PSYC1010 Research Methods and Data Analysis I
Psychology is a science that involves experimental work and data analysis. The module will provide the fundamental information required to progress to more complex statistical techniques taught in Semester 2 and Year 2. Learning about research methods and data analysis will enable you to be able to evaluate the research of other psychologists, and design and execute your own research throughout your degree.
Aims and Objectives
To provide an introduction to the methods used by experimental psychologists in conducting research and in the techniques used to analyse data.
Having successfully completed this module you will be able to:
- Understand the basic concepts of research methods and statistics within the context of experimental psychology.
- Conduct and interpret results from basic statistical techniques and analyses.
- Present data and perform basic analyses, by hand, using the computer spreadsheet Excel, and using the statistics package SPSS.
• Experimental Questions: Hypothesis formation, the null hypothesis, variables (independent, dependent, discrete, continuous). Measurement scales (nominal, ordinal, interval, ratio) • Research Methods: Experimental vs. non-experimental, case studies, correlation, laboratory vs. field, independent samples, repeated measures, mixed factorial designs, control groups, random allocation, sampling methods (random, stratified, snow-ball, convenience, etc.), reliability, validity, controlling for participants' expectations and experimenter effects. • Descriptive Statistics: Means, modes, medians, percentiles, variance, standard deviation, interquartile range. • Presenting Data: Tables, frequency plots, cumulative frequency plots, histograms, stem & leaf plots, box & whisker plots, scatter plots, bar charts, applied to simple and factorial designs, including interactions. • Samples & population distributions: skew, kurtosis, bimodal distributions, transforming data, normal distribution, z-scores, sampling distribution of the mean, Central Limit Theorem, standard error, confidence intervals. • Statistical Tests: z-test and one-sample t-test.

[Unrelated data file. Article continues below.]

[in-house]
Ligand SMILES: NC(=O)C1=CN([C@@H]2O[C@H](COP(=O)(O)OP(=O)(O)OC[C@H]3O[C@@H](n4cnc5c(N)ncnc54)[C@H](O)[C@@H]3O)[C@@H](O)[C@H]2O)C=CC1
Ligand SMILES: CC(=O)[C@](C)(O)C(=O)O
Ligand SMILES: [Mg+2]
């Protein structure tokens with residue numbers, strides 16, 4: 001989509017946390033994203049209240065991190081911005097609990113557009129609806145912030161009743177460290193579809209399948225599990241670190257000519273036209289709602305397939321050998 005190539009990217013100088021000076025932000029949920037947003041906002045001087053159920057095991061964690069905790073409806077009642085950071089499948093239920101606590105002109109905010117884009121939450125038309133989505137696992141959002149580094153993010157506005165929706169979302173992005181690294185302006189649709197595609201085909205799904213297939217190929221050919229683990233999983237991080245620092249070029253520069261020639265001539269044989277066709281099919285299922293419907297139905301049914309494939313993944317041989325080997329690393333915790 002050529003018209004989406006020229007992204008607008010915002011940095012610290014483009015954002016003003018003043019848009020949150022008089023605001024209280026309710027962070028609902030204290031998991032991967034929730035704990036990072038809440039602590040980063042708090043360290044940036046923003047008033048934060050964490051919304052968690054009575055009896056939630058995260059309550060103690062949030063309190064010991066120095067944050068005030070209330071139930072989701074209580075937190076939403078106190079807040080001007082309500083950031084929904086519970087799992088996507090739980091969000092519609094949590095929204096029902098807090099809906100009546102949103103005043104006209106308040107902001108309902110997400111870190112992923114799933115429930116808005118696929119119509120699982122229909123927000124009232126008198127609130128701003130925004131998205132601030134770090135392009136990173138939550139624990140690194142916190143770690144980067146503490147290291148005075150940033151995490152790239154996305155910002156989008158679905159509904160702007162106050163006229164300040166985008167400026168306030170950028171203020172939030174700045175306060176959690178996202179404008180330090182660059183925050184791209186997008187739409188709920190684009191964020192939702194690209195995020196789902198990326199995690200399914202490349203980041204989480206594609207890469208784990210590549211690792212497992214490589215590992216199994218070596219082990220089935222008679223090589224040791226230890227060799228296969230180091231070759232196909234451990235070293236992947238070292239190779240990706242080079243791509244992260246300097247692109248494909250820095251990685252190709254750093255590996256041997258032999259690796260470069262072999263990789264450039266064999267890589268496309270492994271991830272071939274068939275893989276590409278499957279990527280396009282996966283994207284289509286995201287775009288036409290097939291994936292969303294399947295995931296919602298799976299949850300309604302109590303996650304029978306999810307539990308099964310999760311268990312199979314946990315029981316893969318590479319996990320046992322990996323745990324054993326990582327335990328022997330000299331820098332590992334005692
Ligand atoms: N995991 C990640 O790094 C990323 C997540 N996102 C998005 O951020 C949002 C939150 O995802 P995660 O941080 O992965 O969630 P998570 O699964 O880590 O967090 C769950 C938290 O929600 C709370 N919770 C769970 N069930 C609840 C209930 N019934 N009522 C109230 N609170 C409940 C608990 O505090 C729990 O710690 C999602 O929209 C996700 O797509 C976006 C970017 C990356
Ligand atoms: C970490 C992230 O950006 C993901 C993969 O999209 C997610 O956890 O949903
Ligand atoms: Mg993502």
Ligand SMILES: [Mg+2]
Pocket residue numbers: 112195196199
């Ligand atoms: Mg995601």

Learning and Teaching
|Total study time||150|
Resources & Reading list
Field, A. (2013). Discovering Statistics Using IBM SPSS Statistics.
Howitt, D & Cramer, D. (2014). Introduction to Research Methods in Psychology.
Assessment Formative assessment: Answers and feedback will be provided for the on-line exercises to give you the chance to monitor your own progress. Summative assessment: Students will be assessed by two exams: the first, mid-semester exam will be a multiple-choice test (30%); the second, end-of-semester exam will consist of multiple-choice (32.5%) and short answer questions (35%). Failure to complete all compulsory on-line exercises by early January will result in the module mark being capped at 40% (please see Blackboard for the exact deadline). However, attendance at the drop-in sessions to support the on-line exercises is optional. The marks in the on-line exercises do not contribute towards the module mark. Participation in the Research Participation Scheme provides 2.5% of module marks. Feedback Given that there is no coursework for this course, the primary source of feedback on your progress will come from the on-line exercises and their explanations. General feedback on the mid-semester exam is provided during the lecture in Week 10. Example past exam questions will be provided, together with model answers and information required to generate the answers. There will be a revision session in the last lecture. Should you have any concerns about your progress on the course, or understanding of a particular area, please come to see the teaching assistants during the optional drop-in sessions or the lecturer during office hours.
|Exam (2 hours)||67.5%|
|Exam (1 hours)||30%|
|Research Participation Scheme||2.5%|
Repeat type: Internal & External
Costs associated with this module
Students are responsible for meeting the cost of essential textbooks, and of producing such essays, assignments, laboratory reports and dissertations as are required to fulfil the academic requirements for each programme of study.
In addition to this, students registered for this module typically also have to pay for:
Books and Stationery equipment
Purchase of the SPSS book by Andy Field and the calculator.
Please also ensure you read the section on additional costs in the University’s Fees, Charges and Expenses Regulations in the University Calendar available at www.calendar.soton.ac.uk.